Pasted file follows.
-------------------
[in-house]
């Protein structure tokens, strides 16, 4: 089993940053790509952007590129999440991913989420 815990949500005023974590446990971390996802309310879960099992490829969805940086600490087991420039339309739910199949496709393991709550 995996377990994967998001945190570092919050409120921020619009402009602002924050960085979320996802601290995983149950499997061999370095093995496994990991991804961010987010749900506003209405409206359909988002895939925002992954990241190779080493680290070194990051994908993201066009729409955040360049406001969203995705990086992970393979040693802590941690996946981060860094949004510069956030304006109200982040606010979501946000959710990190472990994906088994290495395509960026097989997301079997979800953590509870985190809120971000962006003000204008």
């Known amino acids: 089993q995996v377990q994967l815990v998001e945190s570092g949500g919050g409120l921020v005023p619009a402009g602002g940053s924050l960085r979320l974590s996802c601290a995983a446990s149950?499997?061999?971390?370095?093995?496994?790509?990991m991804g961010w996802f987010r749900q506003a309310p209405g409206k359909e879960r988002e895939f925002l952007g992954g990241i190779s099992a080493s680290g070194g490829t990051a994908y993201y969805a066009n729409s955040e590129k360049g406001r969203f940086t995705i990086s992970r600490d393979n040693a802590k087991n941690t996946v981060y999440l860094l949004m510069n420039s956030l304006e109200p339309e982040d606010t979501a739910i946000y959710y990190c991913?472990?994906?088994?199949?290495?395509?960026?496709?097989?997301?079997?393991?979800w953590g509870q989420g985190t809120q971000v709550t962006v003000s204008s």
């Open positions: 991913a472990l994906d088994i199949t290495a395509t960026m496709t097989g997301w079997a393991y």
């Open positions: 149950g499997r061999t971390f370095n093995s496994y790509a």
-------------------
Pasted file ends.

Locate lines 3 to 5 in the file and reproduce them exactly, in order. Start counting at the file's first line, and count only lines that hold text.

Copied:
């Known amino acids: 089993q995996v377990q994967l815990v998001e945190s570092g949500g919050g409120l921020v005023p619009a402009g602002g940053s924050l960085r979320l974590s996802c601290a995983a446990s149950?499997?061999?971390?370095?093995?496994?790509?990991m991804g961010w996802f987010r749900q506003a309310p209405g409206k359909e879960r988002e895939f925002l952007g992954g990241i190779s099992a080493s680290g070194g490829t990051a994908y993201y969805a066009n729409s955040e590129k360049g406001r969203f940086t995705i990086s992970r600490d393979n040693a802590k087991n941690t996946v981060y999440l860094l949004m510069n420039s956030l304006e109200p339309e982040d606010t979501a739910i946000y959710y990190c991913?472990?994906?088994?199949?290495?395509?960026?496709?097989?997301?079997?393991?979800w953590g509870q989420g985190t809120q971000v709550t962006v003000s204008s």
């Open positions: 991913a472990l994906d088994i199949t290495a395509t960026m496709t097989g997301w079997a393991y």
């Open positions: 149950g499997r061999t971390f370095n093995s496994y790509a």